A secreted bacterial peptidoglycan hydrolase enhances tolerance to enteric pathogens

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Science  23 Sep 2016:
Vol. 353, Issue 6306, pp. 1434-1437
DOI: 10.1126/science.aaf3552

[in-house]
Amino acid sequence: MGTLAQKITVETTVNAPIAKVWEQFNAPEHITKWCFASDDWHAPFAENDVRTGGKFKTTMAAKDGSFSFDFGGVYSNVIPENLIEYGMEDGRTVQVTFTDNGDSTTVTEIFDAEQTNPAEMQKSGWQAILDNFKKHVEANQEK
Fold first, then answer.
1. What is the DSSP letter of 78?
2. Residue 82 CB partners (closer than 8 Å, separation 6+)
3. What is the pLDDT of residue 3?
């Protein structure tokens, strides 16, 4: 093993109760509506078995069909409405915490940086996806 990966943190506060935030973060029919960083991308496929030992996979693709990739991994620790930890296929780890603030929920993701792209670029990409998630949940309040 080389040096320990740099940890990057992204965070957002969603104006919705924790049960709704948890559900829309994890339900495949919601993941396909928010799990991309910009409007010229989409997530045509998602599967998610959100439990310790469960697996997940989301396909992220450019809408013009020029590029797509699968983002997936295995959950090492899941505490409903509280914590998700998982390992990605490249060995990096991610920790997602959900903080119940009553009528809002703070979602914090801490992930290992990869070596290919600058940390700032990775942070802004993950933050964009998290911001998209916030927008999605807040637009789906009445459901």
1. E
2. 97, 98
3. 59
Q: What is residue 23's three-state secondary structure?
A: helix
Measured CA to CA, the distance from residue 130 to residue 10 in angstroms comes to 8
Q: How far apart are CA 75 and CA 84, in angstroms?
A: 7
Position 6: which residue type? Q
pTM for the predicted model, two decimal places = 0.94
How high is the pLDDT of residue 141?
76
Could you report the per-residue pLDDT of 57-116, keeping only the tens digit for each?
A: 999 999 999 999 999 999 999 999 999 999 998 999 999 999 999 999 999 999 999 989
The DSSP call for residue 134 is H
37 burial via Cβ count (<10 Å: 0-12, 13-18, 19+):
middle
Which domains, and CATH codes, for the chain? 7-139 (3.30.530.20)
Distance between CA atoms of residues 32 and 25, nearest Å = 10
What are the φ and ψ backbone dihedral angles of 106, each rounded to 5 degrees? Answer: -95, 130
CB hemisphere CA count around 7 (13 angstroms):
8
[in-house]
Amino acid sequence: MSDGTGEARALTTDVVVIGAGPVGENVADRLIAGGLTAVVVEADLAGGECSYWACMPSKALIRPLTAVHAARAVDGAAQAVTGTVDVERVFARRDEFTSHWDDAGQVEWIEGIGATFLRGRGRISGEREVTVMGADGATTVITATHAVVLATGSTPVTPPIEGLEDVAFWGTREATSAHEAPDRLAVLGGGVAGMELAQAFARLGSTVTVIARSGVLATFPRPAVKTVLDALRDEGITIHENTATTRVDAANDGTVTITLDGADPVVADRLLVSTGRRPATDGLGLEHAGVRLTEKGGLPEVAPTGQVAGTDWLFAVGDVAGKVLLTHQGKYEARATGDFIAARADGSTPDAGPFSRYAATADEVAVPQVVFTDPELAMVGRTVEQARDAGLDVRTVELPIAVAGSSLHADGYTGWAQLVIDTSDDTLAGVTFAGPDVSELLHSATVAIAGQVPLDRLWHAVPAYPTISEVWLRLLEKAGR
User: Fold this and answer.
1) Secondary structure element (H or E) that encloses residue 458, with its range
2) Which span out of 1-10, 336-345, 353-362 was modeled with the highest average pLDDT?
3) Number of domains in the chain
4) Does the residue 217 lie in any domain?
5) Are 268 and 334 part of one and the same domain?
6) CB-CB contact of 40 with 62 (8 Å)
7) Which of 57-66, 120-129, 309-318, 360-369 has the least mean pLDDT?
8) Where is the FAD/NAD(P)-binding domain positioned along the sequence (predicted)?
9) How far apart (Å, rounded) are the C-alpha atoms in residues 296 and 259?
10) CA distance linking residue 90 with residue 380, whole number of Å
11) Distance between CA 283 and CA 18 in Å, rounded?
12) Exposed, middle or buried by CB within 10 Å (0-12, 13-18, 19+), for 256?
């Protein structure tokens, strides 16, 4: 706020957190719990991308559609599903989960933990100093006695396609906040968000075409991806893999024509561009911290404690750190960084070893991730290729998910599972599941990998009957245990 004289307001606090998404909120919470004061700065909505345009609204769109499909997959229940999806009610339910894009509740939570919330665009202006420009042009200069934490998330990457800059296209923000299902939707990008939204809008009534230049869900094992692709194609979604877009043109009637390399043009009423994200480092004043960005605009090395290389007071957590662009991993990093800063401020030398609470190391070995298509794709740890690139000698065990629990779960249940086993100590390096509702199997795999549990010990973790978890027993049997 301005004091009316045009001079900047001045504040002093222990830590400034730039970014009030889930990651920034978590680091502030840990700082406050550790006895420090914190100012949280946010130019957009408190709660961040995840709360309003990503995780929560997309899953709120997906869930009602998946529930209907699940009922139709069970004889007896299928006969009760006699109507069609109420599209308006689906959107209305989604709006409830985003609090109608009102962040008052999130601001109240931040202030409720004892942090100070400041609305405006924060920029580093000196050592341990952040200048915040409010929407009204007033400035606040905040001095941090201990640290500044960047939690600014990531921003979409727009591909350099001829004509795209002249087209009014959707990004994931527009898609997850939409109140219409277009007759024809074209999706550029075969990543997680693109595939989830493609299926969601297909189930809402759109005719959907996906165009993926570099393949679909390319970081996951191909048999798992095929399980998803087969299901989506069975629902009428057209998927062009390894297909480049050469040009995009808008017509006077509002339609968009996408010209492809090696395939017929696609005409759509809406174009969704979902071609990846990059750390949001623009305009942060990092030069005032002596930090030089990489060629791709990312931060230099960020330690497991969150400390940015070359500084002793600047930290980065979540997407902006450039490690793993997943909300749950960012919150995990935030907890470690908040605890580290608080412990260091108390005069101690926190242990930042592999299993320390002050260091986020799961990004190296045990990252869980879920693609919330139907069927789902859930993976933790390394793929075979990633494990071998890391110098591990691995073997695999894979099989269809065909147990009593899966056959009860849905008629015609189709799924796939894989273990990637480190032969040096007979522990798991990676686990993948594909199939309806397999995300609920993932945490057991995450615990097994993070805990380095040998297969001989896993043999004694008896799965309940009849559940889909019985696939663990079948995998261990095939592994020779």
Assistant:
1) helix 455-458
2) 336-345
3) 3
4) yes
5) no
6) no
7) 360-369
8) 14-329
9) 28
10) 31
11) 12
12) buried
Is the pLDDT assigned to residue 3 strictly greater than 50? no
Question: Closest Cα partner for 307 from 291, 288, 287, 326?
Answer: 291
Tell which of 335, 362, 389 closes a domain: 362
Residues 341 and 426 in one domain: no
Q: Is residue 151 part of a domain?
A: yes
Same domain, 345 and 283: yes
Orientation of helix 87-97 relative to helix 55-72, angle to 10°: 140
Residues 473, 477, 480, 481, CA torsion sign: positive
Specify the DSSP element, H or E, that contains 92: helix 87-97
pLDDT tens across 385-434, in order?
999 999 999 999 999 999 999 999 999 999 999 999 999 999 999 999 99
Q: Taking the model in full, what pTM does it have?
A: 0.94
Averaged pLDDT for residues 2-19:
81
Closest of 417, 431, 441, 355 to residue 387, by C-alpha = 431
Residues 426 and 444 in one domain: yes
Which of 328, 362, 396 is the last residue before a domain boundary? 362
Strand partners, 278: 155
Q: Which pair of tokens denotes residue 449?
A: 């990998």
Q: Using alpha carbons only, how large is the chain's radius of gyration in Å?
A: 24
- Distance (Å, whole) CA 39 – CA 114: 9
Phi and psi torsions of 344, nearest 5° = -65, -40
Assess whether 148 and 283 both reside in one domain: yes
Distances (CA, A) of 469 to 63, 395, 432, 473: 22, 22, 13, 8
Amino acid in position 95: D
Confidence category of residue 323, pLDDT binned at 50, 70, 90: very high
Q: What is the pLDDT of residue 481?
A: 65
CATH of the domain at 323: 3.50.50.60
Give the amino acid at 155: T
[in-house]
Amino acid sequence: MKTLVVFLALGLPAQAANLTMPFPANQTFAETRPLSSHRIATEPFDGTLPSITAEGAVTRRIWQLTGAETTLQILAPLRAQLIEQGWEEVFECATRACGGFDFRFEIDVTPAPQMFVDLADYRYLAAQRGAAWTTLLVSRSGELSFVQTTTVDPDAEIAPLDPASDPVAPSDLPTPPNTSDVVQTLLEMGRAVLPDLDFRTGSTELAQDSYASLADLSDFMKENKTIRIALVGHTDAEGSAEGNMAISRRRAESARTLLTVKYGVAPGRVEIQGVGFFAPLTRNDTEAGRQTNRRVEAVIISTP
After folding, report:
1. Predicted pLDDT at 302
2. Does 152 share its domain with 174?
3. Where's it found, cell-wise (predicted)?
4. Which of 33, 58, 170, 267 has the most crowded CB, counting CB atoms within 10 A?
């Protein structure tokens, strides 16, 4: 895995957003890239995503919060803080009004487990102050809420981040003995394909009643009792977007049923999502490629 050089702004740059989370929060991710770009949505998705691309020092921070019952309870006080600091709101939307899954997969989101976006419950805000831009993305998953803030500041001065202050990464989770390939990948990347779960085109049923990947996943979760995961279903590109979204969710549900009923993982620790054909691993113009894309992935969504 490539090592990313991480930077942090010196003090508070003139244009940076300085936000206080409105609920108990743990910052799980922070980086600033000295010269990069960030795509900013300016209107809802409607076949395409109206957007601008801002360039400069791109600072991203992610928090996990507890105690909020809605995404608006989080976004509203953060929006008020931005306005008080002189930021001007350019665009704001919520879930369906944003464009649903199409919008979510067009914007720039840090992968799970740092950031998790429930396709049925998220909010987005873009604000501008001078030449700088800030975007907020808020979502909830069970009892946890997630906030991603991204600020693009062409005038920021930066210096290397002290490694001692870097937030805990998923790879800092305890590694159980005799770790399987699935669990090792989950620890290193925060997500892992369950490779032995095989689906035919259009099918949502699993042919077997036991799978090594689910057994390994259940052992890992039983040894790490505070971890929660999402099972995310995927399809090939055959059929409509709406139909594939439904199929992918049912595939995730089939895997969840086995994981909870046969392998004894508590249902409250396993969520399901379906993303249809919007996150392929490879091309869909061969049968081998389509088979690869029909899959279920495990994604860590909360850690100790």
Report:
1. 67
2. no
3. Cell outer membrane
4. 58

The intestinal microbiome modulates host susceptibility to enteric pathogens, but the specific protective factors and mechanisms of individual bacterial species are not fully characterized. We show that secreted antigen A (SagA) from Enterococcus faecium is sufficient to protect Caenorhabditis elegans against Salmonella pathogenesis by promoting pathogen tolerance. The NlpC/p60 peptidoglycan hydrolase activity of SagA is required and generates muramyl-peptide fragments that are sufficient to protect C. elegans against Salmonella pathogenesis in a tol-1–dependent manner. SagA can also be heterologously expressed and secreted to improve the protective activity of probiotics against Salmonella pathogenesis in C. elegans and mice. Our study highlights how protective intestinal bacteria can modify microbial-associated molecular patterns to enhance pathogen tolerance.

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